CONVENTUM / FABRIKSGATAN 17-19 / 702 22 ÖREBRO / 13-15 MARS 2018


Alla keynote speakers presenteras här (sidan uppdateras kontinuerligt). Klicka på “+ Visa mer”för att läsa hela presentationen och dennes engagemang under konferensen.

Thomas Lunner

Thomas Lunner, PhD

Eriksholm, Danmark

I began to study engineering, so that one day I would be able to make a digital hearing aid. I studied at Linköping University and fortunately I met Professor Stig Arlinger there, as well as a study colleague of mine, Johan Hellgren. Together we developed the first digital hearing aid, DigiFocus.

I have been involved in the construction of the new research field of cognitive hearing science in collaboration with researchers from Linköping University and Toronto University. I am currently a part-time Professor of Cognitive Hearing Science in Linköping. In an early project, I showed a strong link between working memory and speech in noise for the hearing impaired. A result that many scientists now have replicated.

Furthermore, we have shown, and in collaboration within the EU-funded project LISTEN, with VUmc Amsterdam, we have verified pupillometry, as an objective way to document the effort when listening, and that hearing aids may reduce the effort.

In another major EU-funded project called COCOHA (COgnitively COntrolled Hearing Aid), cognitive control of a hearing aid. In this project, we use electroencephalography–electrodes (EEG) directly onto the instrument to measure brain waves. The brain waves may be used to control the hearing aid signal processing of the user’s own will.

Deltar i följande event:
Torsdag 15/03 10:30-11:15 - Keynote 6 - Hearing aids state of the art 2018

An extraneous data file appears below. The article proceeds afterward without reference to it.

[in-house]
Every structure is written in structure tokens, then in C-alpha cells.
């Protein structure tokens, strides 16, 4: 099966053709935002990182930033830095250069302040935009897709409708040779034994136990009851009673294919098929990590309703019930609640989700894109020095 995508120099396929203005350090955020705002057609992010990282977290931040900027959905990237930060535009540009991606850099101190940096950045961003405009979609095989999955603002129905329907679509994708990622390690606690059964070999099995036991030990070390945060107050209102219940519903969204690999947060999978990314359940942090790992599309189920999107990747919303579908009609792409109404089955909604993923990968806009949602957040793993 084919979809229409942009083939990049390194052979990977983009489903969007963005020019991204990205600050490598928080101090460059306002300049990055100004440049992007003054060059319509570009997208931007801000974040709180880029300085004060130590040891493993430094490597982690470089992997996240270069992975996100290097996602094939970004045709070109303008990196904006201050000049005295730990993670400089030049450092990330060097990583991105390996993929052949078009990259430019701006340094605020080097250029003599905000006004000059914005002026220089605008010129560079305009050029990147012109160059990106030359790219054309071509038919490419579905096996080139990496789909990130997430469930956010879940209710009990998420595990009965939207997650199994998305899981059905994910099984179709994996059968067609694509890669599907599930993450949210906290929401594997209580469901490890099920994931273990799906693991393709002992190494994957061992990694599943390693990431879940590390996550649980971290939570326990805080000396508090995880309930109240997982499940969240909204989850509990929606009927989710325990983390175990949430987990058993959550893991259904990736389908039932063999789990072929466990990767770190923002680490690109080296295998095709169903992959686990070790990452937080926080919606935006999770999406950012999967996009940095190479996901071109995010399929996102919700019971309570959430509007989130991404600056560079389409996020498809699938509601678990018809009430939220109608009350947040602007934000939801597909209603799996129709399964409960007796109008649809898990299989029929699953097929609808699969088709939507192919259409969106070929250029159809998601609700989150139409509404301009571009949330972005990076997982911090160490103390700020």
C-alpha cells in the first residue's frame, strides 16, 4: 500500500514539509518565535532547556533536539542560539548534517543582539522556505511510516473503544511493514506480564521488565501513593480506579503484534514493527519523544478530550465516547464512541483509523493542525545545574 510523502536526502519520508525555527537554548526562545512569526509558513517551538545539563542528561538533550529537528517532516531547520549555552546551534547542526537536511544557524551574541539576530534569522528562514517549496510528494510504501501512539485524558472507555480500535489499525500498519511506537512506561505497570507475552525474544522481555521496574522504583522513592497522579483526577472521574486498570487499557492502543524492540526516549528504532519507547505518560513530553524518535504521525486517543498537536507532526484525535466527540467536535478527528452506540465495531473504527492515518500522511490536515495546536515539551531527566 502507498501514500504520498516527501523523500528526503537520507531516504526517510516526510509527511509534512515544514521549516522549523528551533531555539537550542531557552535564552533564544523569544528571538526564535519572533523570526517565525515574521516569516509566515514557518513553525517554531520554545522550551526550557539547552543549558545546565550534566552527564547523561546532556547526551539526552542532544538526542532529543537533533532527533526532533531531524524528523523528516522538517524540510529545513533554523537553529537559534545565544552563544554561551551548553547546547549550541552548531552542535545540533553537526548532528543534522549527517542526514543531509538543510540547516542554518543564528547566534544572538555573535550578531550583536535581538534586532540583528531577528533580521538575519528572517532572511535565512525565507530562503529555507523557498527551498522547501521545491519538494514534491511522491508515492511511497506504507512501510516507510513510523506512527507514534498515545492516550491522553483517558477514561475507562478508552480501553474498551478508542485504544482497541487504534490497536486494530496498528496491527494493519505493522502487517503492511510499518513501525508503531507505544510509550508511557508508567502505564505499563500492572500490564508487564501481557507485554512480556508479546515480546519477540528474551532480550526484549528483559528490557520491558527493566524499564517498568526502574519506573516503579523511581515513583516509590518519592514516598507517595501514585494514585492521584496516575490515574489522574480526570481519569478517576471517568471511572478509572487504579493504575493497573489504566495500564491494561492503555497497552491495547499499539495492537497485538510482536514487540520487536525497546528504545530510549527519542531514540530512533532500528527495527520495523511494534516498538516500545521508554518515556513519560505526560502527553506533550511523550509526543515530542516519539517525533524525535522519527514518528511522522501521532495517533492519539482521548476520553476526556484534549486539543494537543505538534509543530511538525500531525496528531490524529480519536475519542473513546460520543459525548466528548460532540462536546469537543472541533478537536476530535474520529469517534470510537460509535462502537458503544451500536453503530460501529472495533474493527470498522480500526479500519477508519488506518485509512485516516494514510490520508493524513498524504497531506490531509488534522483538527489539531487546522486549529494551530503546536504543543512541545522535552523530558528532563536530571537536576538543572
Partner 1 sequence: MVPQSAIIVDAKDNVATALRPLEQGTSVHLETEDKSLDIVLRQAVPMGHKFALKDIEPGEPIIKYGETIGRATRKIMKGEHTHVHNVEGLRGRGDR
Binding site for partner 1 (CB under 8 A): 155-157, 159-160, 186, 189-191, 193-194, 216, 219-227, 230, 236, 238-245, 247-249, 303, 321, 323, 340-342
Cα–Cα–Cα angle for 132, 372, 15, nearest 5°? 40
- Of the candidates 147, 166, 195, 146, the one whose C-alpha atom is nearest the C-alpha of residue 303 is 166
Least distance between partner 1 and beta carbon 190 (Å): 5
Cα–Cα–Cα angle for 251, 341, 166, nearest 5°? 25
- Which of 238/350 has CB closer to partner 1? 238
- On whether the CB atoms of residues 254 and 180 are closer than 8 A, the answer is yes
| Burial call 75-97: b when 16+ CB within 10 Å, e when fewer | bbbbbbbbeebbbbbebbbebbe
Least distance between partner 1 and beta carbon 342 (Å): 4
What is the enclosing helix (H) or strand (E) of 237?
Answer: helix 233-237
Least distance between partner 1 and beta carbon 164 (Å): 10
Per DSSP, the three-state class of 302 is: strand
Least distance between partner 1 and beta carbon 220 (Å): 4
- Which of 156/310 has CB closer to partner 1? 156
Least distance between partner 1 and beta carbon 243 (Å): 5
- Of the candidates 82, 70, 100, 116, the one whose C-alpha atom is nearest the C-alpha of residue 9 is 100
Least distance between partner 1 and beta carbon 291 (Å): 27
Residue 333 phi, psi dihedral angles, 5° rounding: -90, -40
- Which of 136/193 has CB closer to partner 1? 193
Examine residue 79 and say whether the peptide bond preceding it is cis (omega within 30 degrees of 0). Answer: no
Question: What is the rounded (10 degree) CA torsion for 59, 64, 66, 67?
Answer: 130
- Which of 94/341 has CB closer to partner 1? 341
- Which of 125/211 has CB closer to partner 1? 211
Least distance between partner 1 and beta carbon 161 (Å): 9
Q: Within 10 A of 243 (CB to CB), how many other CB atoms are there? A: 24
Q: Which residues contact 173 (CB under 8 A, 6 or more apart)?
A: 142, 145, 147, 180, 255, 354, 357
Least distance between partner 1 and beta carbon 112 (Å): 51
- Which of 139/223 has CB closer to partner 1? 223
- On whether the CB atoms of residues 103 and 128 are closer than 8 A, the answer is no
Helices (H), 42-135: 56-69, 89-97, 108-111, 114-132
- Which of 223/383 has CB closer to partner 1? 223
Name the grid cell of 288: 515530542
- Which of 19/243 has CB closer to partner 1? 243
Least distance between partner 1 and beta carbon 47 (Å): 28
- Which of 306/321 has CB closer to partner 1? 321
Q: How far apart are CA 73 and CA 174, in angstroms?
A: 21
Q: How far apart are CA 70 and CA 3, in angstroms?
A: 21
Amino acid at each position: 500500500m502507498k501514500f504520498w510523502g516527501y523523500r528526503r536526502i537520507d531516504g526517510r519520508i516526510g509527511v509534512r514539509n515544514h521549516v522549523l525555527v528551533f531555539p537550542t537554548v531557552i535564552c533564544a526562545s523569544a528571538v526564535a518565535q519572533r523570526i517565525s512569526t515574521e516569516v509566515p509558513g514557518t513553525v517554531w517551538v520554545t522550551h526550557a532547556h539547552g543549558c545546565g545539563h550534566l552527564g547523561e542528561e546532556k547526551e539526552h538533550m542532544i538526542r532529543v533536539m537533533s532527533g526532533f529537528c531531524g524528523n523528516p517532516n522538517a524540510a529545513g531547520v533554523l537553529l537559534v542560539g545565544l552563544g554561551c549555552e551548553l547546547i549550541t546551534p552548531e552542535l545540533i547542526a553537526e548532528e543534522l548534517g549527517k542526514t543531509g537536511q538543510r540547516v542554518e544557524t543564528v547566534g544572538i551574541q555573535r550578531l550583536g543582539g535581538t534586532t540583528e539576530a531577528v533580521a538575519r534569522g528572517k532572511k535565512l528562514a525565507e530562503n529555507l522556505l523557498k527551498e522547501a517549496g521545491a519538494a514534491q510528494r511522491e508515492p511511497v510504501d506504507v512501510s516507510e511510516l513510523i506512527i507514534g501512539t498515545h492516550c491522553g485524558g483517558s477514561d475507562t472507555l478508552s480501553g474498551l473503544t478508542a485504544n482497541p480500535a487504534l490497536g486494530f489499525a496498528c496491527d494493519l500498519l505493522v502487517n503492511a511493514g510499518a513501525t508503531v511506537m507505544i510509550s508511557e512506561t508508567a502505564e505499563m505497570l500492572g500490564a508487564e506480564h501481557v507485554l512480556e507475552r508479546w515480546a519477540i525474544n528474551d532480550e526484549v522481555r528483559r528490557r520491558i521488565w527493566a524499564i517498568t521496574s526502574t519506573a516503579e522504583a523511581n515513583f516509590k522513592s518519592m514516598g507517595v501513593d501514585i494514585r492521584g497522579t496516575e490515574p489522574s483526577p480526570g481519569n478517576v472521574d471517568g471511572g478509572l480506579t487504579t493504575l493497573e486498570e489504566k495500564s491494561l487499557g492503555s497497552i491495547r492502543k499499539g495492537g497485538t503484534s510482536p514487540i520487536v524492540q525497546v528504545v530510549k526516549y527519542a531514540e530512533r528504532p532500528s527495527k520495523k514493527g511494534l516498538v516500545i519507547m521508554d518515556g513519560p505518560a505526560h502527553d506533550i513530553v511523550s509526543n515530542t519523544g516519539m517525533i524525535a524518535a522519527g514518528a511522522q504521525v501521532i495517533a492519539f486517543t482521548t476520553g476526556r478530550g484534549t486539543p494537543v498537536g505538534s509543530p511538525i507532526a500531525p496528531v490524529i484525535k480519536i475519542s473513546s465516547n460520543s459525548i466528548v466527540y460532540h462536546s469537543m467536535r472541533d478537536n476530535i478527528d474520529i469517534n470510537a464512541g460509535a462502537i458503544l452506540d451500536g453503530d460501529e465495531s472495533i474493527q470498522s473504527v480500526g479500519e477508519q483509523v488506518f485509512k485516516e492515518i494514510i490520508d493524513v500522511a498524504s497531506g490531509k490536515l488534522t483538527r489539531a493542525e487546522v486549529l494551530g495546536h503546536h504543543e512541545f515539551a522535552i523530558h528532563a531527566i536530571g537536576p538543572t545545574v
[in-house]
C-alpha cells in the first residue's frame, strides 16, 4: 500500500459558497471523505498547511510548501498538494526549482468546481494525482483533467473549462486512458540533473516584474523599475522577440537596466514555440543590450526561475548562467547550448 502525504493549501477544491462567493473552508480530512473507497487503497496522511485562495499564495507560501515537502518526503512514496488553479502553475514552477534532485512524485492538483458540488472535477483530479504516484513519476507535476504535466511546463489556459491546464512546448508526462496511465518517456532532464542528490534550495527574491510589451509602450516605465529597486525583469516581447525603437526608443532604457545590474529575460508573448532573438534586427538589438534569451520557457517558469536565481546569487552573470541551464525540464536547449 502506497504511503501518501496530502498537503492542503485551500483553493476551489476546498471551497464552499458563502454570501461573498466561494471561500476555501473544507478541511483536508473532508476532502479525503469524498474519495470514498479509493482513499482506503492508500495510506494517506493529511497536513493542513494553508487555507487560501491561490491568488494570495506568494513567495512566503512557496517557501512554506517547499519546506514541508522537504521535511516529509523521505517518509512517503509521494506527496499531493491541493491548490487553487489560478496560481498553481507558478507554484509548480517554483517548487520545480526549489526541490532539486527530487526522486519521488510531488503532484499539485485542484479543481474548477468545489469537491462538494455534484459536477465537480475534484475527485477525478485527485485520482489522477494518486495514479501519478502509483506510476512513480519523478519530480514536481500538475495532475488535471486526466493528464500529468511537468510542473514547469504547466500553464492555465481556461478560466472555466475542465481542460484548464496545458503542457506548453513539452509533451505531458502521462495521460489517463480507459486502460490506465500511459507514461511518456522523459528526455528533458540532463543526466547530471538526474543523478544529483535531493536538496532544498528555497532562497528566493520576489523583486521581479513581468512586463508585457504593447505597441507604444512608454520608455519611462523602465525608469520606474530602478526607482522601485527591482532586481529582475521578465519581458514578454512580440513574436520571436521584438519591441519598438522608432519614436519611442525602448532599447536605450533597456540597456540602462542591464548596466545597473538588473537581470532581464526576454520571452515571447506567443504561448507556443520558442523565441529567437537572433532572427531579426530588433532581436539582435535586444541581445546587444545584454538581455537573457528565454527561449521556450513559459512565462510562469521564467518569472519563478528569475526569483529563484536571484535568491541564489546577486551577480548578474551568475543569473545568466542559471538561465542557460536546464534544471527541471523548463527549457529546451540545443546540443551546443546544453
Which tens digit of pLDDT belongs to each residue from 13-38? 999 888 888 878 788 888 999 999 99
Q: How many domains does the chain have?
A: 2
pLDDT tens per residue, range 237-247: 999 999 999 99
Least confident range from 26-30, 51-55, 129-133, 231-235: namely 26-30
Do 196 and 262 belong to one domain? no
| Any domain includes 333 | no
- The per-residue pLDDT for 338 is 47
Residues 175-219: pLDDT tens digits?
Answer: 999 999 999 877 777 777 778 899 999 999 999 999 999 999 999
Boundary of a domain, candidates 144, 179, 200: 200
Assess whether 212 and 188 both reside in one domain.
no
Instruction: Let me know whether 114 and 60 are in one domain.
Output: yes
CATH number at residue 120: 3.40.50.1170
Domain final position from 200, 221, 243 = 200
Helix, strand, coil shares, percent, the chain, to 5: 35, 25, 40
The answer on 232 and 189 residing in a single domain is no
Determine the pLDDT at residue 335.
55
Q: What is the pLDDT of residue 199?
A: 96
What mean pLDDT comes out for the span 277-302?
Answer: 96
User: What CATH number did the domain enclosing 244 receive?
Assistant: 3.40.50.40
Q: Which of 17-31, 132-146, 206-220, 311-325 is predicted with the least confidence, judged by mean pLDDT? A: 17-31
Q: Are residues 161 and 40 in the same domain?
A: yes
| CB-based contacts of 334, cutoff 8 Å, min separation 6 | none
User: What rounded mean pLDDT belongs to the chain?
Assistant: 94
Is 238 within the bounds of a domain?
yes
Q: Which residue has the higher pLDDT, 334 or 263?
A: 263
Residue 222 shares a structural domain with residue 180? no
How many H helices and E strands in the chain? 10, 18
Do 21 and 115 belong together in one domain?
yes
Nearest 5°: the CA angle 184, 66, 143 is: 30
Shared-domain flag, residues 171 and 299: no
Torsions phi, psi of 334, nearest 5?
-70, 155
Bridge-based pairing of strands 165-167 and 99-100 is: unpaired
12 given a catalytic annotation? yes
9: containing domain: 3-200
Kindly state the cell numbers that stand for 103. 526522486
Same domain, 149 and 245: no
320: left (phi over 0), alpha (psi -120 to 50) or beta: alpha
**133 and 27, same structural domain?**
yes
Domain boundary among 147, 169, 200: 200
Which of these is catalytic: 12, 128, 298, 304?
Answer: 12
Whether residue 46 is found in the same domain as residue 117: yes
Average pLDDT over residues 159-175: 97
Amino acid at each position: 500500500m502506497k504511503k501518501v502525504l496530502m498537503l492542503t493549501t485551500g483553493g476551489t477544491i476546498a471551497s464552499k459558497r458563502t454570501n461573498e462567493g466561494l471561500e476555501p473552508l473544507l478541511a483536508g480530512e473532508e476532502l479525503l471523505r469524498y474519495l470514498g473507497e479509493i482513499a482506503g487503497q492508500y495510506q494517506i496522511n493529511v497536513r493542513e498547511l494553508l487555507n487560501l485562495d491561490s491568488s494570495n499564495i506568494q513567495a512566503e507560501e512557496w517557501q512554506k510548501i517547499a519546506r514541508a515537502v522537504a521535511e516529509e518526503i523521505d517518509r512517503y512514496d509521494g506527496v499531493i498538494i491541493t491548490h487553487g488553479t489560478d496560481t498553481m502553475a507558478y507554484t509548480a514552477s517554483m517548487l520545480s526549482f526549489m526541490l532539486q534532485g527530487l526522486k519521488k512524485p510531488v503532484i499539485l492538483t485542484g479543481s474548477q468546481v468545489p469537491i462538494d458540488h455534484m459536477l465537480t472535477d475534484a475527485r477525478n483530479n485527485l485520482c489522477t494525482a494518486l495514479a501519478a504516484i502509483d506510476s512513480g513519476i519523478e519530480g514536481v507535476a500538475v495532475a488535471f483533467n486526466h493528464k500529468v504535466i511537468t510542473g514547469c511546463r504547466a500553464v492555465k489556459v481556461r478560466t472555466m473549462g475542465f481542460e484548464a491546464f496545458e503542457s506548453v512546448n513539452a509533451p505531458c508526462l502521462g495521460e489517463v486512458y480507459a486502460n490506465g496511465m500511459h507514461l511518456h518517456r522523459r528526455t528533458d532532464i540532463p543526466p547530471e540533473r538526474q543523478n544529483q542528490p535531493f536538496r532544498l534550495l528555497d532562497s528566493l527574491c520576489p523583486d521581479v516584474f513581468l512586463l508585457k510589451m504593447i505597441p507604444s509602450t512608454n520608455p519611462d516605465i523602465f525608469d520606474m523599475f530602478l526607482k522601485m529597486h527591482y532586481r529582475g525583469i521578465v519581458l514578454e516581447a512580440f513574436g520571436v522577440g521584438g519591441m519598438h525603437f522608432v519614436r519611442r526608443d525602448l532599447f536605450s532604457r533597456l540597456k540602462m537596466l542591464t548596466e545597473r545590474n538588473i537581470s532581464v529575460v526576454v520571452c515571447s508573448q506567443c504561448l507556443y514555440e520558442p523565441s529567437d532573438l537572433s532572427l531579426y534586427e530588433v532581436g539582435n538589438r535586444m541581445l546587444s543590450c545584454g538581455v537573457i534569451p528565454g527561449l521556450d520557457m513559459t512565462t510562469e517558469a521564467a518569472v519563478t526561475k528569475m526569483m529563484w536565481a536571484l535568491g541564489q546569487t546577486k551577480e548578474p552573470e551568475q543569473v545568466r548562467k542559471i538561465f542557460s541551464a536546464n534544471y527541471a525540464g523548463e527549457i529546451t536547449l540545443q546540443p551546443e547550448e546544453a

Claes Möller

Professor Claes Möller, MD, PhD

Örebro, Sverige

Claes Möller has a long career in ORL and Audiology. He is professor Emeritus at Örebro University and the Audiological Research Centre, University Hospital, Örebro. Professor Möller has been engaged in various fields of ORL such as otoneurology, pediatrics, audiology with a focus on hereditary hearing loss and its syndromes.

Together with geneticists in USA, he was first to clinically and genetically determine different types of the most common syndromal deafness; Usher syndrome – a deafblind disorder. This research has been ongoing for 30 years and as a result, the Swedish Usher data base today has 450 patients. The Usher research has resulted in several thesis and at present new interdisciplinary research with a focus in other syndromes as well.

In recent years, the research has also been focused on cognitive hearing science in cooperation with researchers in Linköping University and the Swedish Institute for Disability Research. Professor Möller has more than 200 publications in international journals, 25 book chapters and some 1000 scientific presentations. Professor Möller is at present Chair of the council of The International Journal of Audiology.

Deltar i följande event:
Tisdag 13/03 13:30-14:15 - Keynote 2 - We are governed by our genes.
Tisdag 13/03 14:30-15:15 - Parallellsession 1 Barn och habilitering
Torsdag 15/03 09:00-09:45 - Keynote 5 - When our remote senses fail to work.
Torsdag 15/03 11:15-12:00 - Paneldiskussion - På spaning mot en framtida hörselvård

Kathy Pichora-Fuller

Kathy Pichora-Fuller, PhD

Toronto, Kanada

Kathy Pichora-Fuller is a Full Professor of Psychology at the University of Toronto. She completed a B.A. in Linguistics (1977) and a M.Sc. in Audiology and Speech Sciences (1980). After working as an audiologist at Mount Sinai Hospital in Toronto, she returned to complete a Ph.D. in Psychology at the University of Toronto (1991).

She is the hearing expert for the Canadian Longitudinal Study of Aging and a member of the sensory-cognitive-communication team of the Canadian Consortium on Neuro-degeneration in Aging. She translates her lab-based research on auditory and cognitive aging to address the needs of older adults who have hearing and cognitive declines.